We fear being awkward. We fear being called a bigot or Bible thumper. We fear breaking relationships. We fear being left out because we are vocal about Who we follow and what we believe.

In the grand scheme of things, these things really aren’t that scary, and when we allow them to silence us, Satan wins.

Now don’t get my words twisted here. I know and fully believe Christians fight from victory (1 Corinthians 15:57). Jesus said, “it is finished” (John 19:30). The grave is conquered and one day people from every nation will worship the Lord (Revelation 7:9).

But right now we are waging war “against the rulers, against the authorities, against the powers of this dark world and against the spiritual forces of evil in the heavenly realms” (Ephesians 6:12). Satan is on the prowl to steal, kill, and destroy, and he does so by keeping people in the dark when it comes to the gospel message (John 10:10).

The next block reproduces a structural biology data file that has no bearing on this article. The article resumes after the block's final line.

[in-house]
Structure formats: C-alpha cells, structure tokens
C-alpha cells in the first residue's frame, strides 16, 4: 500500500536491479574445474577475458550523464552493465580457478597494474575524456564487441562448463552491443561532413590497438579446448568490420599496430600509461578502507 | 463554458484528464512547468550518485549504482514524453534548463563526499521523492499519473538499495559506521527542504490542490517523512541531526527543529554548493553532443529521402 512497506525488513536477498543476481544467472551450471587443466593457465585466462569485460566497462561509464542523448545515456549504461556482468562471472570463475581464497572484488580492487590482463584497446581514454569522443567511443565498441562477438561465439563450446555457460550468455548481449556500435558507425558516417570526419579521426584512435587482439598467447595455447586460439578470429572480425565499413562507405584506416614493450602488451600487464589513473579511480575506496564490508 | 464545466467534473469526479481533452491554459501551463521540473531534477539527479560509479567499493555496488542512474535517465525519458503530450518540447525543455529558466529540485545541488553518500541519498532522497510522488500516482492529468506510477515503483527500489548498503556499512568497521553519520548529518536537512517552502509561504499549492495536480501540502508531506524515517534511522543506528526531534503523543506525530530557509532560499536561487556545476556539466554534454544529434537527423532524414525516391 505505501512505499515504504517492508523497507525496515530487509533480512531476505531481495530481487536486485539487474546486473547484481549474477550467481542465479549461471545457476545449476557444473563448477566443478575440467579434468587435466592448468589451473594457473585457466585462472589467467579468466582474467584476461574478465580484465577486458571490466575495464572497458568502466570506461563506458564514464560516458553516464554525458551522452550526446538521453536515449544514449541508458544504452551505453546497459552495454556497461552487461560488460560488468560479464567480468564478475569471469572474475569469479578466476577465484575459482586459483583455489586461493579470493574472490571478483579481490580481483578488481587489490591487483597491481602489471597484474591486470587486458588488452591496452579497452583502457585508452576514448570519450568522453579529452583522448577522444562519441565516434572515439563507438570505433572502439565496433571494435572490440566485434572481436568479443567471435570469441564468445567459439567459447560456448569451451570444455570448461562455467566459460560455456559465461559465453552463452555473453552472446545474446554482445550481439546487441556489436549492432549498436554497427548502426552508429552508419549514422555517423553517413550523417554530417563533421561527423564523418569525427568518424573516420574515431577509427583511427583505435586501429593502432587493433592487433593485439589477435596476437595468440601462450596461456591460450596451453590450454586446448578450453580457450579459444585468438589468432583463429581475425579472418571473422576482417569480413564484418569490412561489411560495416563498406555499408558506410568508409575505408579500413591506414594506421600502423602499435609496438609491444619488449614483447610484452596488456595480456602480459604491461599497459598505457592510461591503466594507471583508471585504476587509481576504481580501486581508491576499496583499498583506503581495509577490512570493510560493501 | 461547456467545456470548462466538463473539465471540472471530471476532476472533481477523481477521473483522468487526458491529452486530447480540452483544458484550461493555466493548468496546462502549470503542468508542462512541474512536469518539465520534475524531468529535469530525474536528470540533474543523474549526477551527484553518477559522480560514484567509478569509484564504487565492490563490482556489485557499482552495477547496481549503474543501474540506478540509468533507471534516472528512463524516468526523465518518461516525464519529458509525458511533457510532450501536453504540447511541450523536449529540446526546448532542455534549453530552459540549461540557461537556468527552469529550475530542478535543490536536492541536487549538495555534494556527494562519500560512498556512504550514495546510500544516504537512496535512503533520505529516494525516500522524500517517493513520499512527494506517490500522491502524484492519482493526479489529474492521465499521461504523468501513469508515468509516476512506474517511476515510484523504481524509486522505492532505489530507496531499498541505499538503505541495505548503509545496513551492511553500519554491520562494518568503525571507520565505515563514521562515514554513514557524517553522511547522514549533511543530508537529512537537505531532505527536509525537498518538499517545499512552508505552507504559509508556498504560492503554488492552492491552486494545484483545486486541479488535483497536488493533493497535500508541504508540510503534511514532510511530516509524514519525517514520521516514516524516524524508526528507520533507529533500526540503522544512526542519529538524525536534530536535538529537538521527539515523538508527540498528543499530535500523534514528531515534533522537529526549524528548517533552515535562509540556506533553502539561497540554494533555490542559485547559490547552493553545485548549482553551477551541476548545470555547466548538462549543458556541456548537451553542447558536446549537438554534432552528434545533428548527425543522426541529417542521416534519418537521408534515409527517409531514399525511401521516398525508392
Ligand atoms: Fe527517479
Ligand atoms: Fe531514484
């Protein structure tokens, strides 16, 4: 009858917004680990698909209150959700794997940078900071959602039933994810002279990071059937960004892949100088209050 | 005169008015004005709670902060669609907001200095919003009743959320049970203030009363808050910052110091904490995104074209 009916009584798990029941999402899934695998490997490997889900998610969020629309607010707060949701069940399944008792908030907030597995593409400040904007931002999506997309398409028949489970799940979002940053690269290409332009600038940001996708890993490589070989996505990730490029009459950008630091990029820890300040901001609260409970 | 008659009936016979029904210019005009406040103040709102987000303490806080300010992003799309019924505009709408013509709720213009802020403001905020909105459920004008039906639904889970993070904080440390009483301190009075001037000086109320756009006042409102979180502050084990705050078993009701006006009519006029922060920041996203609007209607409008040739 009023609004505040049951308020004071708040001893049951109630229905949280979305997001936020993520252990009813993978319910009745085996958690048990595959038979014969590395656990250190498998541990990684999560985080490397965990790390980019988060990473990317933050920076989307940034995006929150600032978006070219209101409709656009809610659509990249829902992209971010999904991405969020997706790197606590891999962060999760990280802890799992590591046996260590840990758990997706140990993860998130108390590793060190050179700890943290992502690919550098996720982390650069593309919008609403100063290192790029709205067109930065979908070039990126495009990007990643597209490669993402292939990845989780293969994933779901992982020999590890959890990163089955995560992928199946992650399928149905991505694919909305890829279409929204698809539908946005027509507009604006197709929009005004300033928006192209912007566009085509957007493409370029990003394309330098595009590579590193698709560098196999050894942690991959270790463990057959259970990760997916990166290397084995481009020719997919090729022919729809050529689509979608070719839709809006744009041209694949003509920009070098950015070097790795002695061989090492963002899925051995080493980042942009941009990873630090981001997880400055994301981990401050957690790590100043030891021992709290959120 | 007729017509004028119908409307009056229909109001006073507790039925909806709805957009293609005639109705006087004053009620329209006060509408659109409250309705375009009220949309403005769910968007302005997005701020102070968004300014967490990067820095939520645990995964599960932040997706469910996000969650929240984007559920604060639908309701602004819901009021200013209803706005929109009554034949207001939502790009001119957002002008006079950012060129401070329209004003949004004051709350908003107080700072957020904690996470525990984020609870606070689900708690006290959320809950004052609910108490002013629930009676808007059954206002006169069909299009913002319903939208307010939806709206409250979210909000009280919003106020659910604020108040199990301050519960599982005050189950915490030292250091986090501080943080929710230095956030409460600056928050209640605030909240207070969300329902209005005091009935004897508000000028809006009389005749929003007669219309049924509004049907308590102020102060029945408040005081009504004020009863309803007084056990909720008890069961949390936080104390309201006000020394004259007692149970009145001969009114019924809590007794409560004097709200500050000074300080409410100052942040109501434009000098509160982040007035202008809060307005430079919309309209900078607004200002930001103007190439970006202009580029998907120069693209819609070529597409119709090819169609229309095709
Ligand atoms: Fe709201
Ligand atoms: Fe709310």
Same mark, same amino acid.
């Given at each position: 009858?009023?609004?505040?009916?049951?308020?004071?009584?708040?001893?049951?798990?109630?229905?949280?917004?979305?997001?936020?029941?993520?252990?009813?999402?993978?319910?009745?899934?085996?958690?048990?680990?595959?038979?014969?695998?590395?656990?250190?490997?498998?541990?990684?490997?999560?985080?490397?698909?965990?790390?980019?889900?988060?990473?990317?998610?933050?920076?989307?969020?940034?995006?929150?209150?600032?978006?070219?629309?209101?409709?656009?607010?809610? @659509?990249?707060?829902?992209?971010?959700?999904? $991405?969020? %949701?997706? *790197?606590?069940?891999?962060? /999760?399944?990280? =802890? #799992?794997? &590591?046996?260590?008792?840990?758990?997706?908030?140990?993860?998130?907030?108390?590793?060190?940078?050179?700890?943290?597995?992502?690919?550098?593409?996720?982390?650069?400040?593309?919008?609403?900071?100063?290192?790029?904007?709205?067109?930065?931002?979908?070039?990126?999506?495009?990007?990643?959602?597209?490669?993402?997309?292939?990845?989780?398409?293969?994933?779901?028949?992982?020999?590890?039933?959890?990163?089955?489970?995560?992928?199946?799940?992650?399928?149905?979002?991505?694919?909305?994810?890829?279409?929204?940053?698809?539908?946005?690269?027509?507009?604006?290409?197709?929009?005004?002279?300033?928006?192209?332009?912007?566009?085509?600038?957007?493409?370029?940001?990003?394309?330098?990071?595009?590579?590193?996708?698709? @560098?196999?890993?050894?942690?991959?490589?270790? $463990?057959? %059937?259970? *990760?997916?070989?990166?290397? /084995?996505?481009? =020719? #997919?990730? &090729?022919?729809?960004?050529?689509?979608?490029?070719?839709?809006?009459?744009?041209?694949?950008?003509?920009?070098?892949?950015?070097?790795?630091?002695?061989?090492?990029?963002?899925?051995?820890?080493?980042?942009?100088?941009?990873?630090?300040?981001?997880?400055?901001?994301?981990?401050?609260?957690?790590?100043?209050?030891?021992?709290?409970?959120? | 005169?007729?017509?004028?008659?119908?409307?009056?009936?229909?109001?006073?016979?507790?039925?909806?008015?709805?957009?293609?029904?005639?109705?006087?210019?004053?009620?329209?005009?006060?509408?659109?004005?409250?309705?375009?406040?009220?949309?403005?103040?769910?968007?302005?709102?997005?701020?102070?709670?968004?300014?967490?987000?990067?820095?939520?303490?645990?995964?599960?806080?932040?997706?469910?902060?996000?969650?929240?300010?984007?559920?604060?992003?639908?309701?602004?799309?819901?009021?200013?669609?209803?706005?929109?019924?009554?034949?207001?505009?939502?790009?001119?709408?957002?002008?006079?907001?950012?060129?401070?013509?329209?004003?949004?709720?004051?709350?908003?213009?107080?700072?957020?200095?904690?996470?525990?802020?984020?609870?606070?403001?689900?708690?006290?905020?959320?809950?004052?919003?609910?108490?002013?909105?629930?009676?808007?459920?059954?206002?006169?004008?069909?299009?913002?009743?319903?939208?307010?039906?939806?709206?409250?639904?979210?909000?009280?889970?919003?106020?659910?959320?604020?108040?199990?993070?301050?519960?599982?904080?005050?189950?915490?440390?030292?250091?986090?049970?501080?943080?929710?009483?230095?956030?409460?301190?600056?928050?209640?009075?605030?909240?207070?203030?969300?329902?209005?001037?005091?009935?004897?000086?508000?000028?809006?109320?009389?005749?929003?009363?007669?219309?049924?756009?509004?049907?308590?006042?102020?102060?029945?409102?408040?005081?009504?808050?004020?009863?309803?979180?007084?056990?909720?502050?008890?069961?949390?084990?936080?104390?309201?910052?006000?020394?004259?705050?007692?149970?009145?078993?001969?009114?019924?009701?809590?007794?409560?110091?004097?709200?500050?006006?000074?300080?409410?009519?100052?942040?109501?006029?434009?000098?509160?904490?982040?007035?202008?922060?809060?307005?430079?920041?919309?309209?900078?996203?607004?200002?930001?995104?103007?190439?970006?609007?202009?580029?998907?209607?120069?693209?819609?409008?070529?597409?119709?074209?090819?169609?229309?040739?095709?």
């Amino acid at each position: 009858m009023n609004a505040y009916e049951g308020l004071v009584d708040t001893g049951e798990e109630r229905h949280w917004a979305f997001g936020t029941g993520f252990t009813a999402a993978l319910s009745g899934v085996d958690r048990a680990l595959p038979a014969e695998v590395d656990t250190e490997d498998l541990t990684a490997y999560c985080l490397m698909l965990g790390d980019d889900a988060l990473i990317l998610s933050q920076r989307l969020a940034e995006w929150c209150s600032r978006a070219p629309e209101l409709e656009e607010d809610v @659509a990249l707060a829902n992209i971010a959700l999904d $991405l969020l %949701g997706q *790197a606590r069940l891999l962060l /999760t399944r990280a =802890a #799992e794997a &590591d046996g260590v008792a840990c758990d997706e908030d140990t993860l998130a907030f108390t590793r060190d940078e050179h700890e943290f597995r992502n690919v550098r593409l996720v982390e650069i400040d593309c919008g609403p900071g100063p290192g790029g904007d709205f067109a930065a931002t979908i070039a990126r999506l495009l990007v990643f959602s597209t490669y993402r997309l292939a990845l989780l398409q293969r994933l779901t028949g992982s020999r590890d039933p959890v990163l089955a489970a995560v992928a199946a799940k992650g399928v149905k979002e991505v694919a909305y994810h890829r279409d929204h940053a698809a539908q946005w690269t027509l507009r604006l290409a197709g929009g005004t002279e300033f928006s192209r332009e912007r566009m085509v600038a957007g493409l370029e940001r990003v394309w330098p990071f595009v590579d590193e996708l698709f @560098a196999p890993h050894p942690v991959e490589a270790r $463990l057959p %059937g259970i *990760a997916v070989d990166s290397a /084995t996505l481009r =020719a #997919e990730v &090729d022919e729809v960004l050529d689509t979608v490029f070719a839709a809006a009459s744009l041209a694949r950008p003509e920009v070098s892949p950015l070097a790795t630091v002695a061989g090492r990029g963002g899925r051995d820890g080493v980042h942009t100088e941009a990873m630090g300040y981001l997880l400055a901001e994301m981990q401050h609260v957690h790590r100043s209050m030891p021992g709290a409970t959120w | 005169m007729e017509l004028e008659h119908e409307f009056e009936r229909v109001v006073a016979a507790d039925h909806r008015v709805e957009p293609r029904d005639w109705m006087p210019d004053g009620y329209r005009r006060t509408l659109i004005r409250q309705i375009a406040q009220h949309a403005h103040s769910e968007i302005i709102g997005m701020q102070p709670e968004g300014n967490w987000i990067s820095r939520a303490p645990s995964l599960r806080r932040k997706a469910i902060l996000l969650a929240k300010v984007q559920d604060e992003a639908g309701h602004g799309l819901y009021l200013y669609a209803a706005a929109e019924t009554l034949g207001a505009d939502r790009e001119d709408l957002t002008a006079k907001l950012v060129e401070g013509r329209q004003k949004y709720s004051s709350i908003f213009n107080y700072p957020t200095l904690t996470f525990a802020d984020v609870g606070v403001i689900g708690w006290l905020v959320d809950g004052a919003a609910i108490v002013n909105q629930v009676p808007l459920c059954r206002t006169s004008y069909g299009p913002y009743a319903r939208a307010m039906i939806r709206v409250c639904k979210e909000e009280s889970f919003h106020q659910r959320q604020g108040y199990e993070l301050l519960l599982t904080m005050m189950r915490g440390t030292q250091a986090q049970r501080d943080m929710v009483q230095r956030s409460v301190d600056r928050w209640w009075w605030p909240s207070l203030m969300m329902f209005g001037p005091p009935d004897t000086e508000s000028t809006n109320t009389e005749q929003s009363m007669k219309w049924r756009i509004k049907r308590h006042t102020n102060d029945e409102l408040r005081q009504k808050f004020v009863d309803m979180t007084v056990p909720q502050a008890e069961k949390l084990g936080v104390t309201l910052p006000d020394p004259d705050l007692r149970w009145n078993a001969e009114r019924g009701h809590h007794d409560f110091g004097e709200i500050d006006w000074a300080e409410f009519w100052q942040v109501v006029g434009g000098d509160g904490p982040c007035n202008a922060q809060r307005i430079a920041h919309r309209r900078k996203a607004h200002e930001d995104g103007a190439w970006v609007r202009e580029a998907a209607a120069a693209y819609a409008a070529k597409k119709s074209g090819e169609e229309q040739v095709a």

When we are silent with our message, we fuel Satan’s agenda instead of God’s.

In his book, The Insanity of God, Nik Ripken states…

Satan’s greatest desire is for the people of this planet to leave Jesus alone. Satan desires that we turn away from Jesus—or that we never find Him in the first place. If Satan cannot be successful at that, he desires to keep believers quiet, to diminish or silence our witness, and to stop us from bringing others to Christ […] Those who number themselves among the followers of Jesus—but don’t witness for Him—are actually siding with the Taliban, the brutal regime that rules North Korea, the secret police in communist China, and the Somalilands and Saudi Arabias of the world. Believers who do not share their faith aid and abet Satan’s ultimate goal of denying others access to Jesus. Our silence makes us accomplices.

Today, whose side are you aiding?

I am a missionary

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I am a missionary.

I’ve denied that title for years, but that’s what I am … and if you are a follower of Jesus, so are you.

We are the sent ones in a world hurting and in need of hope.

That title is engrained in our new identity in Christ as deep as our status as God’s children, but for some reason we’re less likely to own it.